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You're welcome - and yes - what those folk are saying is nonsense.! It's like saying that at the moment white sourdough bread is what everyone's eating, so we should only make white sourdough bread. I love white sourdough bread, but it's only one kind of loaf, and for some sandwiches not even the best kind ... Although one thing I notice about the people who write and talk with great authority about "what's passé" in terms of storytelling are the people who don't expect their writing to last more than six weeks. Those of us who want to write with a bit more substance need to think a bit more widely. Which isn't to say that one can ignore the wider literary context of one's work. All agents and editors (and teachers of writing) have read the manuscript which is a really nice version of something that would fit nicely on the equivalent of Amazon in the 1940s: "If you liked Stamboul Train, you'll love this." I adore Graham Greene, say, but there's scarcely a sentence in him which his equivalent now would write the same way. It's like a post-Stravinsky composer writing excellent Mozart...
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Andrew, I'm so glad the post is helpful. And yes, I agree, the idiotic command "show don't tell", faithfully followed, can make for some incredibly tedious writing. I often talk about learning to "make your Telling Showy" - i.e. make even your swift exposition of context vivid and individual. It's not actually that hard, once you've mastered the trick of the telling detail. It's arguably a good deal harder to "make your Showing Telly" i.e. make even your apparent leisurly evocation of places and people actually a forward-moving force for the story...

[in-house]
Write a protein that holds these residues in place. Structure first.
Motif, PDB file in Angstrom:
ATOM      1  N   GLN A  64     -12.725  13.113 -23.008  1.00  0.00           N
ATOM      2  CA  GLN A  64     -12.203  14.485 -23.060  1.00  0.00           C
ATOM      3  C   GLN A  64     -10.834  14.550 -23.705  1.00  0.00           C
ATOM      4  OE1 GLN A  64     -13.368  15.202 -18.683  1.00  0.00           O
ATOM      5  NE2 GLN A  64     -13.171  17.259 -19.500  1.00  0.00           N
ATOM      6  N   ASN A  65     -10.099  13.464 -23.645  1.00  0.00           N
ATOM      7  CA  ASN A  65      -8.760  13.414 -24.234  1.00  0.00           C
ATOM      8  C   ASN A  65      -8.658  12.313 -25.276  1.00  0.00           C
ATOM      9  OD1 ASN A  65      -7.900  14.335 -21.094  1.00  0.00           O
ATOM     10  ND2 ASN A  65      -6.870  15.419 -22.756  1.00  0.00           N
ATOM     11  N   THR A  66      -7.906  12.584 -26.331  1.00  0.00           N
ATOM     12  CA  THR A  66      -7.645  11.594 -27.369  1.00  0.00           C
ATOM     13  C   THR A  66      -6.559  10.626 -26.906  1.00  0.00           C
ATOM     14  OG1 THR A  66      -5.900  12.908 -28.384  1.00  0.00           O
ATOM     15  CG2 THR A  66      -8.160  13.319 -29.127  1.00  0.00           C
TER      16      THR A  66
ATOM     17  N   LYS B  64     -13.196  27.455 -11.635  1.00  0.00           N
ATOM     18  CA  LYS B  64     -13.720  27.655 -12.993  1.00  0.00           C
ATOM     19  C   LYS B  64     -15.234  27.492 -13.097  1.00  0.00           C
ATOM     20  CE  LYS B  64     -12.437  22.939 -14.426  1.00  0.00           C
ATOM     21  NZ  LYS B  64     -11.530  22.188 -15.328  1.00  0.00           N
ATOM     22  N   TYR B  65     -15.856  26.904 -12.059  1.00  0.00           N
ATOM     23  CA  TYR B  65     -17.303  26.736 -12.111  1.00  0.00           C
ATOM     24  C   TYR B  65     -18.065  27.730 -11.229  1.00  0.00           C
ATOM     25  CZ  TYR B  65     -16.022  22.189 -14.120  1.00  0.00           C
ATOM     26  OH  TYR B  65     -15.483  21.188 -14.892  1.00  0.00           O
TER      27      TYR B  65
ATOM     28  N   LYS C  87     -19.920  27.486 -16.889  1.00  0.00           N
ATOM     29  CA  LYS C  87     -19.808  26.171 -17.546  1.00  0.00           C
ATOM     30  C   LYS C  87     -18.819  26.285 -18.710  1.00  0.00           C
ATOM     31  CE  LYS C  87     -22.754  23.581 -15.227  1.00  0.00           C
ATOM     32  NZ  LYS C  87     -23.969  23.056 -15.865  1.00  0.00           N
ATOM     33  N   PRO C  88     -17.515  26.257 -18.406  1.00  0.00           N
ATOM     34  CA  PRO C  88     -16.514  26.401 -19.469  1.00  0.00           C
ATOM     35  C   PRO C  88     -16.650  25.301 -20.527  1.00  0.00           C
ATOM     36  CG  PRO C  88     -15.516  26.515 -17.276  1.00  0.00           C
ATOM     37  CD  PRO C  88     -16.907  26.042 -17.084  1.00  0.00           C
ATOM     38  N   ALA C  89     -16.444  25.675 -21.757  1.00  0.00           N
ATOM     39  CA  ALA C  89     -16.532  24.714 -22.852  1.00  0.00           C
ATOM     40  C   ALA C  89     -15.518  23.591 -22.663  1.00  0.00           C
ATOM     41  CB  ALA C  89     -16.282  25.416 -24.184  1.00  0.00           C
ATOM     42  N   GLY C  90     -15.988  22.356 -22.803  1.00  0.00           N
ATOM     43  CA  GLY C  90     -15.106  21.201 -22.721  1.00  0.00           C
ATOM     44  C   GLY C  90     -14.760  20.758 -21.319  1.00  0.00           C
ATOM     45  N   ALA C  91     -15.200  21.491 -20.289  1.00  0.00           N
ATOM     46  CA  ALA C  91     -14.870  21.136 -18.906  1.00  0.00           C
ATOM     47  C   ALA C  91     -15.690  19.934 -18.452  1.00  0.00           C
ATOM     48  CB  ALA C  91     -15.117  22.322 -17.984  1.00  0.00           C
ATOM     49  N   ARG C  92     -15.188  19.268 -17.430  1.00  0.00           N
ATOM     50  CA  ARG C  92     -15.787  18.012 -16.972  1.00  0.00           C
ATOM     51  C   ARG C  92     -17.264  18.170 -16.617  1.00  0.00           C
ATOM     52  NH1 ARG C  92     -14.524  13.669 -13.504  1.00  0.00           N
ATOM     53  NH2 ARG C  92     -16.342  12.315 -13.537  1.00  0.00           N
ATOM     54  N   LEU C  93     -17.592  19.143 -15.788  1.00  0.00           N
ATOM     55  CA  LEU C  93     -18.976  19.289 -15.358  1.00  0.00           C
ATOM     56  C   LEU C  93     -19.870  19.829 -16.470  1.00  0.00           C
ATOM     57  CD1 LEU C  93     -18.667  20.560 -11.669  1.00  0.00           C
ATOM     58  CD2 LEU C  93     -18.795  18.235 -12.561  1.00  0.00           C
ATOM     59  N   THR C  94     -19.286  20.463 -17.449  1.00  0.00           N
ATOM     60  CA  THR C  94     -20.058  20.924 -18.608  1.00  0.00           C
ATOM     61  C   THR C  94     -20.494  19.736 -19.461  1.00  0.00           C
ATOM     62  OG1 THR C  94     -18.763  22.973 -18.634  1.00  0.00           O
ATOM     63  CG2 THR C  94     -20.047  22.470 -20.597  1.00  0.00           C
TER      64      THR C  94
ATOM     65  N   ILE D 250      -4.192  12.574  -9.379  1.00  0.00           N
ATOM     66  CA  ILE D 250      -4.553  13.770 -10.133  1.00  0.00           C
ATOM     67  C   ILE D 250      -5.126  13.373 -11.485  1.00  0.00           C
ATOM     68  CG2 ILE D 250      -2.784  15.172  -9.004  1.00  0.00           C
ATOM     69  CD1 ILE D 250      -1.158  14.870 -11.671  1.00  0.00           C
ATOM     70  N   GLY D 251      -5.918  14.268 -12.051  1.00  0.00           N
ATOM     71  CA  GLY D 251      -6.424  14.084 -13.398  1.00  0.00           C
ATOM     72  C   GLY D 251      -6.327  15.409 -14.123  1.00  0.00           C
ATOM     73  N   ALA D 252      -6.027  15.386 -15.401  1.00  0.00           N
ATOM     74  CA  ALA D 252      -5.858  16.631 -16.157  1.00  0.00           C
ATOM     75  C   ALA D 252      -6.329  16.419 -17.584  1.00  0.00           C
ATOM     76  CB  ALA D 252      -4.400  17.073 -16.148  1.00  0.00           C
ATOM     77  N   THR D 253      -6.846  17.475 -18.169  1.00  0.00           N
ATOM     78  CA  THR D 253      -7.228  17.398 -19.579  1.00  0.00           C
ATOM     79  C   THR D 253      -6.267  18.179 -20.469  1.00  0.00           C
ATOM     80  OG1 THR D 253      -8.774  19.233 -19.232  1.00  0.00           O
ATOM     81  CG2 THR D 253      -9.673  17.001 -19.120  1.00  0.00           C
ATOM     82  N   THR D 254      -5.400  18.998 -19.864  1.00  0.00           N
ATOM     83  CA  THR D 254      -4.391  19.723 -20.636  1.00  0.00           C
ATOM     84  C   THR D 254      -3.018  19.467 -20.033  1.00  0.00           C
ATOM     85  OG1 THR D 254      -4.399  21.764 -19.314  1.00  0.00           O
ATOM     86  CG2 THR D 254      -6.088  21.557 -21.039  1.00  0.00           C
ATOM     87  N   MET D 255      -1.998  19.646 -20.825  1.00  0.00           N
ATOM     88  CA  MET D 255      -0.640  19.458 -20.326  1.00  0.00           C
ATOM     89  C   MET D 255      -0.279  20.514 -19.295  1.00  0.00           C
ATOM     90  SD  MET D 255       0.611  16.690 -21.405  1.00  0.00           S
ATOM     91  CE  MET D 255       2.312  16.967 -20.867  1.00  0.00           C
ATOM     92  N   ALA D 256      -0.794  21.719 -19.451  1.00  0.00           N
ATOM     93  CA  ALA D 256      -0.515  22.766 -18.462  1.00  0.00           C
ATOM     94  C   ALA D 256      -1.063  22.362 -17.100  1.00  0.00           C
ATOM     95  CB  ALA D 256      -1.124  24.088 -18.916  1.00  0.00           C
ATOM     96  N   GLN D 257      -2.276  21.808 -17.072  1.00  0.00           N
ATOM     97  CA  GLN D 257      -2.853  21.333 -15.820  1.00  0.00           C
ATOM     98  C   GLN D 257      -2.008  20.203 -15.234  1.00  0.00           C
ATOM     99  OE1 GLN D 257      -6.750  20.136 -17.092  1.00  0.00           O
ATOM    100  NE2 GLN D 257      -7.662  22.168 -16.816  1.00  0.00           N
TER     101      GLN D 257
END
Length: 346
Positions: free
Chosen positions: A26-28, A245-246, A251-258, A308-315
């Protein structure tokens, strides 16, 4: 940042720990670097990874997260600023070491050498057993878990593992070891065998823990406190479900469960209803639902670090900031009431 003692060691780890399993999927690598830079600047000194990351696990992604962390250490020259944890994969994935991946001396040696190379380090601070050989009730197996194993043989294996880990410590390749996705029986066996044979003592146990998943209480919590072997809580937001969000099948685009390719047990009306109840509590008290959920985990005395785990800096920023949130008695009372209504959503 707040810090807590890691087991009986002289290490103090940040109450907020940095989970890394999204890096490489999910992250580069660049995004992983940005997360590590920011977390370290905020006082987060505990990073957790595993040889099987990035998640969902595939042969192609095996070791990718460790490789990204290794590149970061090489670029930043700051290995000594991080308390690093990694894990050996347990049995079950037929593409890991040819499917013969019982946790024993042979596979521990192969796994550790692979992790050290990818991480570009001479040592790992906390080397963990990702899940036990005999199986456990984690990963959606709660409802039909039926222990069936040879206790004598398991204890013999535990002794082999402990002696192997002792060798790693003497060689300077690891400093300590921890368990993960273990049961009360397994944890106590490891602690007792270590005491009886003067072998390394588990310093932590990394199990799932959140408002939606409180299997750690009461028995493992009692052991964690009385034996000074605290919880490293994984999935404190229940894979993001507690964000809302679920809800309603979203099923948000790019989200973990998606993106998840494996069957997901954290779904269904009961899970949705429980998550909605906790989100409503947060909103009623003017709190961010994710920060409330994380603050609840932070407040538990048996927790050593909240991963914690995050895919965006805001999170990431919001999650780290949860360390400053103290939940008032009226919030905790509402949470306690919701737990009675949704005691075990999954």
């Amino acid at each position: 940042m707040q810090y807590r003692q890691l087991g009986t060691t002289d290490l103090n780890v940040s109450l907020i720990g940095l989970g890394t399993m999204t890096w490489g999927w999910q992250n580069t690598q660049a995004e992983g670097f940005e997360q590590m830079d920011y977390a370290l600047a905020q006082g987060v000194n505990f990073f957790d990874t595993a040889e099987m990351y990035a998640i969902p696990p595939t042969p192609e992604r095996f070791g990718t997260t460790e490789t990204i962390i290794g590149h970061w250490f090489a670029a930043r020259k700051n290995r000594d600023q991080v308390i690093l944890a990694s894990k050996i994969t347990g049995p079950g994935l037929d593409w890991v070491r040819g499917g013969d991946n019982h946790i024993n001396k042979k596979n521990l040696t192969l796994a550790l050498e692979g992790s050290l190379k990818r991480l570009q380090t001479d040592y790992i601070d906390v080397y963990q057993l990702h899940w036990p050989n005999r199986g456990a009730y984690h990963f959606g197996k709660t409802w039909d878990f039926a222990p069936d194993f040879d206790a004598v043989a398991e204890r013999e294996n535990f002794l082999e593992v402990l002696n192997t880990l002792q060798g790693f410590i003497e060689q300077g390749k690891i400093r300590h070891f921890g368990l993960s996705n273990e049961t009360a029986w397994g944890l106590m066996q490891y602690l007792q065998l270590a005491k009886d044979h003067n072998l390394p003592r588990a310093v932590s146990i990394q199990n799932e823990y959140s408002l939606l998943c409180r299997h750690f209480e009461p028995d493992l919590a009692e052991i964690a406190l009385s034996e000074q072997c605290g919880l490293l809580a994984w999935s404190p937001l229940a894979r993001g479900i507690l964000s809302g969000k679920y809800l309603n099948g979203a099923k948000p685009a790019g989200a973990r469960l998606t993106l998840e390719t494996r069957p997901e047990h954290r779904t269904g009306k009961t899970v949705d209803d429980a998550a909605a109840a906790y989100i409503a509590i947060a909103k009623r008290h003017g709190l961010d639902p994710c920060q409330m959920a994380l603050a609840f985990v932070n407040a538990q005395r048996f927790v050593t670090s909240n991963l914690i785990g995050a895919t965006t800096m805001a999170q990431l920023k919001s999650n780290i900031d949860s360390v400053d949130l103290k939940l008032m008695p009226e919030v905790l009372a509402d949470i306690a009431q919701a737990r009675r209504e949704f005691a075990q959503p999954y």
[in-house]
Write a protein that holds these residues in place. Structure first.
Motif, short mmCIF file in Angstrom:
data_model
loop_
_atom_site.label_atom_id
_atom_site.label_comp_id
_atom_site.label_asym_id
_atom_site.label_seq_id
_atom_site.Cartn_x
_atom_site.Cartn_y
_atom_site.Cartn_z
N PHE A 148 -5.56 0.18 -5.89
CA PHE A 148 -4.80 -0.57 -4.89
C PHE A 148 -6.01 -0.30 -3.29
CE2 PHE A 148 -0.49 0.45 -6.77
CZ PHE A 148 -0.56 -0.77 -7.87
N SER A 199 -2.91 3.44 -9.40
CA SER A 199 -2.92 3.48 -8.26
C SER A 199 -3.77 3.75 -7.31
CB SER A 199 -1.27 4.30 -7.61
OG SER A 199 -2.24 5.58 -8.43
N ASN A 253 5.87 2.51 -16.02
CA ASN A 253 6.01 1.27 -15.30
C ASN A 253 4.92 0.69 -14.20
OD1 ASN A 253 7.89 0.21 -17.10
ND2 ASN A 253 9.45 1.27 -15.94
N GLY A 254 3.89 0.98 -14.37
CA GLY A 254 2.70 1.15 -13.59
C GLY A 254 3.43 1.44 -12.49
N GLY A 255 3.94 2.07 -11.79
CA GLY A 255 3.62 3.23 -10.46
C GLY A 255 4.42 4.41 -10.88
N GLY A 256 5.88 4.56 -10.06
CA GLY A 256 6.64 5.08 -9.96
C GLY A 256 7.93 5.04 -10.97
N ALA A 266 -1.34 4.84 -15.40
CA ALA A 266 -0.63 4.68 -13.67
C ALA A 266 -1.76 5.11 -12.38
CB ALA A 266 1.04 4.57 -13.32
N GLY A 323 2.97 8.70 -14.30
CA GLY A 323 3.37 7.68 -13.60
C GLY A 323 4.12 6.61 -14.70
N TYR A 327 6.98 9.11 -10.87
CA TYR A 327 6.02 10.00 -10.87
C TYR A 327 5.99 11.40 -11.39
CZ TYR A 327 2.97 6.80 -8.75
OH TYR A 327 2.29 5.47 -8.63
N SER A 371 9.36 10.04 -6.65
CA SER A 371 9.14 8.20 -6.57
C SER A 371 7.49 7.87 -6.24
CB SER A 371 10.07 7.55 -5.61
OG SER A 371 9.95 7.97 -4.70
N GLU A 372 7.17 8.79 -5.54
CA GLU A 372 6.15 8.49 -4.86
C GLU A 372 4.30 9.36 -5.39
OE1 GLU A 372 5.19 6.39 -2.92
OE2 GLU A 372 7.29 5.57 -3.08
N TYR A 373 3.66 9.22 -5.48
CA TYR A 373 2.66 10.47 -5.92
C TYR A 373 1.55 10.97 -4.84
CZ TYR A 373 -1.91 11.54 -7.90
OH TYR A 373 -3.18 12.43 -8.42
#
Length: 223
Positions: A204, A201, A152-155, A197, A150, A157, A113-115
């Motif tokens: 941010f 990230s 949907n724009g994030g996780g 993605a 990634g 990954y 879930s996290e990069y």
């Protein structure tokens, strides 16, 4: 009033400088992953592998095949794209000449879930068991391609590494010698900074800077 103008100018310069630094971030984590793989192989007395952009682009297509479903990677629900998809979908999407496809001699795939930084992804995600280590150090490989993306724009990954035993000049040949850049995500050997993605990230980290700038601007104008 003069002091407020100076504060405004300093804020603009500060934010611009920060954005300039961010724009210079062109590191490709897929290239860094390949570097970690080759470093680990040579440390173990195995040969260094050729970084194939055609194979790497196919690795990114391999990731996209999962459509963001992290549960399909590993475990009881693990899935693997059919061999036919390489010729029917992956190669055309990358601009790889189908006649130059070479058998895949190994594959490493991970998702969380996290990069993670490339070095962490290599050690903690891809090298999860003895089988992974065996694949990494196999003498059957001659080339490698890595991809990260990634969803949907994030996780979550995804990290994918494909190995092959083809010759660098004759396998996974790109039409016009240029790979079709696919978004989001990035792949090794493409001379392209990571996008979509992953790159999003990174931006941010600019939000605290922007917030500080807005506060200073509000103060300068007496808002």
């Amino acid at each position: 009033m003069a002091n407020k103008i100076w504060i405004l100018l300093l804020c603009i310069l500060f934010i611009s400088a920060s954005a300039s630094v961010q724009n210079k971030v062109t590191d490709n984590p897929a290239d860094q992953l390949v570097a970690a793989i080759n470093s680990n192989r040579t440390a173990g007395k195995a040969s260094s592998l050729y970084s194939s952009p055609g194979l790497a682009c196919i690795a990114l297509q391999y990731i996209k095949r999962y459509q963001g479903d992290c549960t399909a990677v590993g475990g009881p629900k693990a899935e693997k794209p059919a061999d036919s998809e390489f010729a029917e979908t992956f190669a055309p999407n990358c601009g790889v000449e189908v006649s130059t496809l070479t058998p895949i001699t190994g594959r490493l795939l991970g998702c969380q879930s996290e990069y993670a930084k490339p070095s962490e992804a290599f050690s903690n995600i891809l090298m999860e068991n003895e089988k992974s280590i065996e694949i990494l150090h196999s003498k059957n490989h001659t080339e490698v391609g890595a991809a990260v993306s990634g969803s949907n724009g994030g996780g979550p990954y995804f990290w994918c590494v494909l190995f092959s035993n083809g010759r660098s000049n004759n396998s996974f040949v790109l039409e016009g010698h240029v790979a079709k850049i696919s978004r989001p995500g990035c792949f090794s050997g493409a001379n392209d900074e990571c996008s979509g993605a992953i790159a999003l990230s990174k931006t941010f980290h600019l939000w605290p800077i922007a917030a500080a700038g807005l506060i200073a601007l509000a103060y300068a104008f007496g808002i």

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It's part of what I've called the schizophrenia of the writer - the fact that we are always divided between being in the moment (or the emotion, the experience) and being outside it, observing it: "Ah, so this is what it feels like to have one's heart broken..." And, similarly, both making creative and ethical decisions about writing awful things, and diving into the awful things to recreate the moment and the experience... That, I think, is what creates the sense of a splinter of ice, Plus, o fcourse, that it means we draw on things which may be different from what we draw on with family. My young-teen niece, reading The Mathematics of Love, said afterwards to her mother, "Aunt Emma's book is very RUDE!"...
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Well, we all are that in some ways, aren't we. There's an undercurrent (I hope) in the book is about how my situation in terms of trying to write about my family is only an acute attack of what we all suffer from to some extent: how to find our own way of being, as ourselves, while still staying, as it were, in relationship with where we come from.